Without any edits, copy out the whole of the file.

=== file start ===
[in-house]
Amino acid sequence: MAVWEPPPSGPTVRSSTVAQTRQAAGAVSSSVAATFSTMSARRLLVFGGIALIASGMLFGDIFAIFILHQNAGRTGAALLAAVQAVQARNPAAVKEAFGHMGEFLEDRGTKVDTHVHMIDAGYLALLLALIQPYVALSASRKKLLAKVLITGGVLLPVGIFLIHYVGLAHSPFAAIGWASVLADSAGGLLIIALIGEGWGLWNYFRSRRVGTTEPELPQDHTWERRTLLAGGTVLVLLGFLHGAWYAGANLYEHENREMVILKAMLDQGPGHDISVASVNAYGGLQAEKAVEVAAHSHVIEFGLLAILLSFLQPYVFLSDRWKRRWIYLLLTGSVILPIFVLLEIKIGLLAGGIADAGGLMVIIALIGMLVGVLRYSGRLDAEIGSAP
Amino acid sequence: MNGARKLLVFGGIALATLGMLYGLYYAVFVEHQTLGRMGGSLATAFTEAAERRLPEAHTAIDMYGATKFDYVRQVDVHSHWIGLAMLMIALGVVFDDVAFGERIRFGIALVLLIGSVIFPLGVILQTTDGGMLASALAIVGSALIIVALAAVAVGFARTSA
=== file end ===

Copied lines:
[in-house]
Amino acid sequence: MAVWEPPPSGPTVRSSTVAQTRQAAGAVSSSVAATFSTMSARRLLVFGGIALIASGMLFGDIFAIFILHQNAGRTGAALLAAVQAVQARNPAAVKEAFGHMGEFLEDRGTKVDTHVHMIDAGYLALLLALIQPYVALSASRKKLLAKVLITGGVLLPVGIFLIHYVGLAHSPFAAIGWASVLADSAGGLLIIALIGEGWGLWNYFRSRRVGTTEPELPQDHTWERRTLLAGGTVLVLLGFLHGAWYAGANLYEHENREMVILKAMLDQGPGHDISVASVNAYGGLQAEKAVEVAAHSHVIEFGLLAILLSFLQPYVFLSDRWKRRWIYLLLTGSVILPIFVLLEIKIGLLAGGIADAGGLMVIIALIGMLVGVLRYSGRLDAEIGSAP
Amino acid sequence: MNGARKLLVFGGIALATLGMLYGLYYAVFVEHQTLGRMGGSLATAFTEAAERRLPEAHTAIDMYGATKFDYVRQVDVHSHWIGLAMLMIALGVVFDDVAFGERIRFGIALVLLIGSVIFPLGVILQTTDGGMLASALAIVGSALIIVALAAVAVGFARTSA